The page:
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Lack of consideration of sex and gender in COVID-19 clinical studies.
Brady, Emer; Nielsen, Mathias Wullum; Andersen, Jens Peter; Oertelt-Prigione, Sabine.
  • Brady E; Danish Centre for Studies in Research and Research Policy, Aarhus University, Aarhus, Denmark.
  • Nielsen MW; Department of Sociology, University of Copenhagen, Copenhagen, Denmark.
  • Andersen JP; Danish Centre for Studies in Research and Research Policy, Aarhus University, Aarhus, Denmark.
  • Oertelt-Prigione S; Department of Primary and Community Care, Radboud University Medical Center, Nijmegen, Netherlands. sabine.oertelt-prigione@radboudumc.nl.
Nat Commun ; 12(1): 4015, 2021 07 06.
Article in English | MEDLINE | ID: covidwho-1298840
ABSTRACT
Sex and gender differences impact the incidence of SARS-CoV-2 infection and COVID-19 mortality. Furthermore, sex differences influence the frequency and severity of pharmacological side effects. A large number of clinical trials to develop new therapeutic approaches and vaccines for COVID-19 are ongoing. We investigated the inclusion of sex and/or gender in COVID-19 studies on ClinicalTrials.gov, collecting data for the period January 1, 2020 to January 26, 2021. Here, we show that of the 4,420 registered SARS-CoV-2/COVID-19 studies, 935 (21.2%) address sex/gender solely in the context of recruitment, 237 (5.4%) plan sex-matched or representative samples or emphasized sex/gender reporting, and only 178 (4%) explicitly report a plan to include sex/gender as an analytical variable. Just eight (17.8%) of the 45 COVID-19 related clinical trials published in scientific journals until December 15, 2020 report sex-disaggregated results or subgroup analyses.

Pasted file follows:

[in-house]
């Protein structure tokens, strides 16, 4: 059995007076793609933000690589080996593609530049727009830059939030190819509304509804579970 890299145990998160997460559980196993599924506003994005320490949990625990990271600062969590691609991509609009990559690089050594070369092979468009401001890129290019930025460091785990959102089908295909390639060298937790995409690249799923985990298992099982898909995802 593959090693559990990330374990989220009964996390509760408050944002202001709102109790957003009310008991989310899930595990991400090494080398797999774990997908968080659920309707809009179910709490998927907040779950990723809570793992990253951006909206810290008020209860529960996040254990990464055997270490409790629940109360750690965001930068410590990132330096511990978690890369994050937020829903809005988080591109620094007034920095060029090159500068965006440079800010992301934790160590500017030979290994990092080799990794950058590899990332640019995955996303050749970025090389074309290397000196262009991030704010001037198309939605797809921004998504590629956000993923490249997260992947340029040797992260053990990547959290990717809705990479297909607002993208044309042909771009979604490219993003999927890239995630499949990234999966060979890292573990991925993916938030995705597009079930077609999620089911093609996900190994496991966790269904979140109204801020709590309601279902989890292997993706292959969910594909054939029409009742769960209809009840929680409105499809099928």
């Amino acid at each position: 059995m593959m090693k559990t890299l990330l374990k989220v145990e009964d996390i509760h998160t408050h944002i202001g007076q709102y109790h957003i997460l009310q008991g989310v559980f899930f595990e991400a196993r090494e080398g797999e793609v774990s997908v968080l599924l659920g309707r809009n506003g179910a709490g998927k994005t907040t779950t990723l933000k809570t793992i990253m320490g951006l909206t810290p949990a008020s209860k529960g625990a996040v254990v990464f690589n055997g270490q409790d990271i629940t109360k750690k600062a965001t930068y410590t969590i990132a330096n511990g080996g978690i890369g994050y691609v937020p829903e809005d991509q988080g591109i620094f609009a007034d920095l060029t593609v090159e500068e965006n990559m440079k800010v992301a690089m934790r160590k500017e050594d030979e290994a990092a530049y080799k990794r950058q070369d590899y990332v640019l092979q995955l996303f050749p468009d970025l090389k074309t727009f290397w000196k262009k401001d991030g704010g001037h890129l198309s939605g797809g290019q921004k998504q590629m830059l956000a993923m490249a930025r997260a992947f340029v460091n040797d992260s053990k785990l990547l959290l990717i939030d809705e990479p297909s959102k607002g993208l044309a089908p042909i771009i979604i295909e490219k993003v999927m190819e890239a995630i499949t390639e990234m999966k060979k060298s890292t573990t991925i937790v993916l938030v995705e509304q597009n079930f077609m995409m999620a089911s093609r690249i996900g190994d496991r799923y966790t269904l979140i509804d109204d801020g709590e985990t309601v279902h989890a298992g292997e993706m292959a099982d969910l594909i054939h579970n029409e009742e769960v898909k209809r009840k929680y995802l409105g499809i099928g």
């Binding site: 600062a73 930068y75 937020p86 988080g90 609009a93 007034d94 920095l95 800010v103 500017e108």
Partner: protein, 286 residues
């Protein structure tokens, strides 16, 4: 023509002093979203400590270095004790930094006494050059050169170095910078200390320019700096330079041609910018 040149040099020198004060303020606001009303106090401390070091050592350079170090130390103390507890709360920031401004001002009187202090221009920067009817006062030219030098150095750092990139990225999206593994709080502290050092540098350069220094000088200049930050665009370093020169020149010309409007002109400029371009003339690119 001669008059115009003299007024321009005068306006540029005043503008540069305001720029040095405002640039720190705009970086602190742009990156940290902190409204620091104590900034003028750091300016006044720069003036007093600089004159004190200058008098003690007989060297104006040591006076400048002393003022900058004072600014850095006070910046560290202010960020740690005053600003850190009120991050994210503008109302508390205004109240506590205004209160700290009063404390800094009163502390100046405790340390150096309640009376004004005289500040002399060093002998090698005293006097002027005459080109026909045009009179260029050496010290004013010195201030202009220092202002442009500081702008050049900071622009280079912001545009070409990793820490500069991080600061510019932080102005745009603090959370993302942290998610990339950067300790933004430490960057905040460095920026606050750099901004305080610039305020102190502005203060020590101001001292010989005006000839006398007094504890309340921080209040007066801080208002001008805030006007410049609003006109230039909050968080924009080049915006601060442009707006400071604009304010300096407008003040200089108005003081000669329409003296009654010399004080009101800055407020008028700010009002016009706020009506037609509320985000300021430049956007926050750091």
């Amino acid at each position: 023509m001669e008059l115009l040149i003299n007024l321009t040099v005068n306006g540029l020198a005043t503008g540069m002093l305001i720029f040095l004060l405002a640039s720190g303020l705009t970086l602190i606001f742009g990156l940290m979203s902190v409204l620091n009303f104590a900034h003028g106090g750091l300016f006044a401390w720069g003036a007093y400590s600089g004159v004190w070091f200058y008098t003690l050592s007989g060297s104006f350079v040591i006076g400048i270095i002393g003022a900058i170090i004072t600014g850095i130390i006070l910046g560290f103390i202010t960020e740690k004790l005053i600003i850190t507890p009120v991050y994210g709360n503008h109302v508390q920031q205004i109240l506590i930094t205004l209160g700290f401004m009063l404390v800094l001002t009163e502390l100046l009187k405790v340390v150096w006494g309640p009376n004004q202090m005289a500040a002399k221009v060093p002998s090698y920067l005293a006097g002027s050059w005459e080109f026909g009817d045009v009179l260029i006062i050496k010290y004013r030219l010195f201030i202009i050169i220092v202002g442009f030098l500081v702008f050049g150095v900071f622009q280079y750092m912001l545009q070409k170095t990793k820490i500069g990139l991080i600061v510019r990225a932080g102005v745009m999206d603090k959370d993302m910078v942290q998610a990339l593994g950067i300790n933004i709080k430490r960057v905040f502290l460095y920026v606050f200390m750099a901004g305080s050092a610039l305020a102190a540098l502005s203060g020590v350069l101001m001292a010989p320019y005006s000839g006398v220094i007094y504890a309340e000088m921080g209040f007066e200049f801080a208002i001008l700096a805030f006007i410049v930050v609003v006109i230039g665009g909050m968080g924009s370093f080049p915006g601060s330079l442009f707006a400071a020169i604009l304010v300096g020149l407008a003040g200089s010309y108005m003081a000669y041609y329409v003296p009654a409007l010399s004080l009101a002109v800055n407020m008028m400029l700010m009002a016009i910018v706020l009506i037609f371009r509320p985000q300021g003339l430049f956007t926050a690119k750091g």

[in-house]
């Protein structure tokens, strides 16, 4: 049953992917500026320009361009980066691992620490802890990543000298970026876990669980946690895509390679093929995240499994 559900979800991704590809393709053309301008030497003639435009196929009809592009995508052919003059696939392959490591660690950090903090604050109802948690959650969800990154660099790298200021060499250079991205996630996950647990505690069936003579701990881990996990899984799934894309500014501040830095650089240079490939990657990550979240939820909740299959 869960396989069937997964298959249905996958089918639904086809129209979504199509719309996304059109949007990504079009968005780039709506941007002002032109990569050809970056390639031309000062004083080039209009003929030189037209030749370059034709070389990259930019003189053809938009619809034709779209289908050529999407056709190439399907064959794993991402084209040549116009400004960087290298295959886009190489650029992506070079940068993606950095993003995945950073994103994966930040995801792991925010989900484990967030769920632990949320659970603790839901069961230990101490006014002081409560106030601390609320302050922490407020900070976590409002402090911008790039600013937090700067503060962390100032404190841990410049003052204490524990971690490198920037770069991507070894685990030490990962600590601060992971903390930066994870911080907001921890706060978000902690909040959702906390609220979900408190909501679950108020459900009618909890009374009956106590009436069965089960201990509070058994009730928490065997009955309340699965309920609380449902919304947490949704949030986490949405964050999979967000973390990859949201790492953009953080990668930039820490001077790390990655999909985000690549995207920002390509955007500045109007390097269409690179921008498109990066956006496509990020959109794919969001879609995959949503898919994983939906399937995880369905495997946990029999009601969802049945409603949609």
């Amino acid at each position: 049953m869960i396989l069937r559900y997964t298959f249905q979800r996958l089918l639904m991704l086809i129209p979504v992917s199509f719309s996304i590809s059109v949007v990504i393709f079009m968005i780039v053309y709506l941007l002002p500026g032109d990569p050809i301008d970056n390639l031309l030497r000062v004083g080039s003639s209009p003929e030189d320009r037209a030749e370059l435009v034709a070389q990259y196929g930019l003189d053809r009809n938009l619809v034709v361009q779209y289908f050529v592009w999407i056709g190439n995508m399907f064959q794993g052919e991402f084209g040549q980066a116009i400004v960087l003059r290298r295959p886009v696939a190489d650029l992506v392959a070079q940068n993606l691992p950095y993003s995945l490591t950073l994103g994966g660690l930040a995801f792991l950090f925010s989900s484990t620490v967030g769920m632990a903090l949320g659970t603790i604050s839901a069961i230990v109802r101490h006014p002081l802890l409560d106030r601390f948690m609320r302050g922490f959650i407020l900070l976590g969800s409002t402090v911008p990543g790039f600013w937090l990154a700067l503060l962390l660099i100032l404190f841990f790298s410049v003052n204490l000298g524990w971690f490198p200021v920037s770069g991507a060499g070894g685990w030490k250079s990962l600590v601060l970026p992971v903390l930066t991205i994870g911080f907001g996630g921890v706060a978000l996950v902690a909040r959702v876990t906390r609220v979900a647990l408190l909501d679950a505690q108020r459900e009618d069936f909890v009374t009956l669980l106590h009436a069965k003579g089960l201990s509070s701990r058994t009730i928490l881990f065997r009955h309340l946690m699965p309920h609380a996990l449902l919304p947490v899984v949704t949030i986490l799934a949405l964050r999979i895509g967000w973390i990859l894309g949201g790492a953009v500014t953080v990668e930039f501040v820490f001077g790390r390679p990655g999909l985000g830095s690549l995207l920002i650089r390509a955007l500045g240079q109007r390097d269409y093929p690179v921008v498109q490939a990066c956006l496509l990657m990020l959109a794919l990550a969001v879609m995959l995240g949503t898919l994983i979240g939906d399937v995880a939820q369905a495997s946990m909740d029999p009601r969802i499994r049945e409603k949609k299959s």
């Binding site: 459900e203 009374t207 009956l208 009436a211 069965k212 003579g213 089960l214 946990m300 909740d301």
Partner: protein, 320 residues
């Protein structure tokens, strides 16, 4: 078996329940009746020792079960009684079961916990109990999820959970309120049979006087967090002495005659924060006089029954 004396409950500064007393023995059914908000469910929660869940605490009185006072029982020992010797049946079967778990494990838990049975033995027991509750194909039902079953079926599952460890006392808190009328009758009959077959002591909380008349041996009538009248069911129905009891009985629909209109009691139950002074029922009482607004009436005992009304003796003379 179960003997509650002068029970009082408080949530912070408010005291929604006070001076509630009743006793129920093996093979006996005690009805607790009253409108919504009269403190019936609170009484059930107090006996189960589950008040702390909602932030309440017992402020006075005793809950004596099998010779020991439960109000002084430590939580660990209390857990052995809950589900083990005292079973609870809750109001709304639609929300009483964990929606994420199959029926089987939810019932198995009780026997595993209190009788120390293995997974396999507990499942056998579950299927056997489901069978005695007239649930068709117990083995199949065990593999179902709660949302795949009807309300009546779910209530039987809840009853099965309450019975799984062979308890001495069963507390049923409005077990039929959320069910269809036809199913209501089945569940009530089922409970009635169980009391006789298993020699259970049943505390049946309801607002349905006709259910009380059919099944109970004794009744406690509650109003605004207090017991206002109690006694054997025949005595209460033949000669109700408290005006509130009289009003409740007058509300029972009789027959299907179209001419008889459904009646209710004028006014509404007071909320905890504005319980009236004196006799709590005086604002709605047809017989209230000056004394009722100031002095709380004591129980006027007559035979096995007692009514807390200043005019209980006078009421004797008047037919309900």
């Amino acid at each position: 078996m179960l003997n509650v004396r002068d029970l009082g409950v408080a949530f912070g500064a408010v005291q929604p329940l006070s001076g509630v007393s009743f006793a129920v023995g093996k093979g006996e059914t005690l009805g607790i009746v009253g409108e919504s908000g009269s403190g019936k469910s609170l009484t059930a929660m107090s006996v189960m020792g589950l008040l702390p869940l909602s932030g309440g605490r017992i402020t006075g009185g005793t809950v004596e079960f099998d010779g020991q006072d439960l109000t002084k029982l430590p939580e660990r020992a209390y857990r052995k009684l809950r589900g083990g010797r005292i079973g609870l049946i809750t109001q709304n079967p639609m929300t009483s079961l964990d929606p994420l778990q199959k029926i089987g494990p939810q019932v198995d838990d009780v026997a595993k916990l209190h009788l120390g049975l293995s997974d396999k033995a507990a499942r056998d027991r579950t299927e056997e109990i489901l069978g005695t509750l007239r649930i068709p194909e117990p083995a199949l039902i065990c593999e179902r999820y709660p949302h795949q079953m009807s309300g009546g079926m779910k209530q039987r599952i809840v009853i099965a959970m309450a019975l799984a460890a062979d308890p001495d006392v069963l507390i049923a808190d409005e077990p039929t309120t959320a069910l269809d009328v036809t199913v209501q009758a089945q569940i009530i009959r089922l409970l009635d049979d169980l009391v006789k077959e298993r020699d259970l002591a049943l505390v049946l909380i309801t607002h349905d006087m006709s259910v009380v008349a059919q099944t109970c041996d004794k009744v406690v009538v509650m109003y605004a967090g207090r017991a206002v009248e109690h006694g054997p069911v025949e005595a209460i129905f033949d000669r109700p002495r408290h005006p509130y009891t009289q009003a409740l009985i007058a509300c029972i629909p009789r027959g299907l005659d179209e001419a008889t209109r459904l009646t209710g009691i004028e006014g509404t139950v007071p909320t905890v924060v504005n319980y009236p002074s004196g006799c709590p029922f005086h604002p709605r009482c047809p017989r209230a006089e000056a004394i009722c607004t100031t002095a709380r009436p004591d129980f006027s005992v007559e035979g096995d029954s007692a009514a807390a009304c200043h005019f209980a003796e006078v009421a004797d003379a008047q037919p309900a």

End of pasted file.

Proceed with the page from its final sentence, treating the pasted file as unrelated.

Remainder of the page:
Subject(s)

Full text: Available Collection: International databases Database: MEDLINE Main subject: Clinical Studies as Topic / COVID-19 Limits: Female / Humans / Male Language: English Journal: Nat Commun Journal subject: Biology / Science Year: 2021 Document Type: Article Affiliation country: S41467-021-24265-8

Full text: Available Collection: International databases Database: MEDLINE Main subject: Clinical Studies as Topic / COVID-19 Limits: Female / Humans / Male Language: English Journal: Nat Commun Journal subject: Biology / Science Year: 2021 Document Type: Article Affiliation country: S41467-021-24265-8